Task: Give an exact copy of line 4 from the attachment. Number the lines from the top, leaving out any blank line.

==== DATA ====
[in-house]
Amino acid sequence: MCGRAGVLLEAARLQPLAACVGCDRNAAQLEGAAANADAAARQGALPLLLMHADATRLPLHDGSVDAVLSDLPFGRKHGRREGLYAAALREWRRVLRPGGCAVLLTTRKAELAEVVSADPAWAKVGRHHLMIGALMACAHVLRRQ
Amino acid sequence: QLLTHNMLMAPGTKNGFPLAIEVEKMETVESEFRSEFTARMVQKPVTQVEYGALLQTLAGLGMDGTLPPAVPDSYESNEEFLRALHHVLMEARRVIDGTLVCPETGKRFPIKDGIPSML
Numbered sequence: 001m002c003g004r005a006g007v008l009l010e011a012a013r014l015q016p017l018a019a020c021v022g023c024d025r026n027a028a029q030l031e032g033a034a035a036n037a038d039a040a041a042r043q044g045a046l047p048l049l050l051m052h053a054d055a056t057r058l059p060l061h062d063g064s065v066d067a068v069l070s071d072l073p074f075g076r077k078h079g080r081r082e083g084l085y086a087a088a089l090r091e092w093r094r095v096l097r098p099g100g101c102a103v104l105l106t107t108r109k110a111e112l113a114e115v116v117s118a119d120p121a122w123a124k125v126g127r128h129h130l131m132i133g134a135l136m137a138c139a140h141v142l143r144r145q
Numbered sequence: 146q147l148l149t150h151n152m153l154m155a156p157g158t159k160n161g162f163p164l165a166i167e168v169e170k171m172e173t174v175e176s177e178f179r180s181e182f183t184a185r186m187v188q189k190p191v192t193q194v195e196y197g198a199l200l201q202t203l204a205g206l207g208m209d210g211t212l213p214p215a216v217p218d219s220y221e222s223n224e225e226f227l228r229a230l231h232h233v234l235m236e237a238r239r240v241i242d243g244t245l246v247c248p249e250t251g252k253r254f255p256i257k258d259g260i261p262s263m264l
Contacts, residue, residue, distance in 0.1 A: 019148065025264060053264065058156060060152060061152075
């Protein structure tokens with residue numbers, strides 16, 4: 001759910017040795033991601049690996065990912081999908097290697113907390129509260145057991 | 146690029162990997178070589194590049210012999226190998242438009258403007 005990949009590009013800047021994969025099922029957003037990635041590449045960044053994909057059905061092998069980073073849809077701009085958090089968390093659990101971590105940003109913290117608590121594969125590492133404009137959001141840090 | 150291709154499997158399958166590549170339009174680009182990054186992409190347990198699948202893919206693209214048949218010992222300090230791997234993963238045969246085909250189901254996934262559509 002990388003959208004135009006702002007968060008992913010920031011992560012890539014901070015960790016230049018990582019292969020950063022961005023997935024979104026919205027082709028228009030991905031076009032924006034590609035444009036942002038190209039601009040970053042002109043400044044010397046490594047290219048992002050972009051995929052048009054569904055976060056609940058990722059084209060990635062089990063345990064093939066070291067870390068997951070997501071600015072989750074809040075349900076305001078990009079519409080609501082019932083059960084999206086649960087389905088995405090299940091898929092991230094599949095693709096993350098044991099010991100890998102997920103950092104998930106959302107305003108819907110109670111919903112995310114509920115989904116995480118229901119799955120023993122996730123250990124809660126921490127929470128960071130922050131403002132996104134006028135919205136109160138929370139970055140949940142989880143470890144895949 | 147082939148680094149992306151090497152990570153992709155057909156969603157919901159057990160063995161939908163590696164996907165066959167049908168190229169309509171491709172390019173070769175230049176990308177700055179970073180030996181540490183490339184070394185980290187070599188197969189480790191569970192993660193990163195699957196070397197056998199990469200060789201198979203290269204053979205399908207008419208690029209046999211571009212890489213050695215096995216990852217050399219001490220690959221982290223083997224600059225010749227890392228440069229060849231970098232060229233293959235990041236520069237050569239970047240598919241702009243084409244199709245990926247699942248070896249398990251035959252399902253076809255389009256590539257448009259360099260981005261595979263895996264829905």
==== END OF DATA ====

Numbered sequence: 001m002c003g004r005a006g007v008l009l010e011a012a013r014l015q016p017l018a019a020c021v022g023c024d025r026n027a028a029q030l031e032g033a034a035a036n037a038d039a040a041a042r043q044g045a046l047p048l049l050l051m052h053a054d055a056t057r058l059p060l061h062d063g064s065v066d067a068v069l070s071d072l073p074f075g076r077k078h079g080r081r082e083g084l085y086a087a088a089l090r091e092w093r094r095v096l097r098p099g100g101c102a103v104l105l106t107t108r109k110a111e112l113a114e115v116v117s118a119d120p121a122w123a124k125v126g127r128h129h130l131m132i133g134a135l136m137a138c139a140h141v142l143r144r145q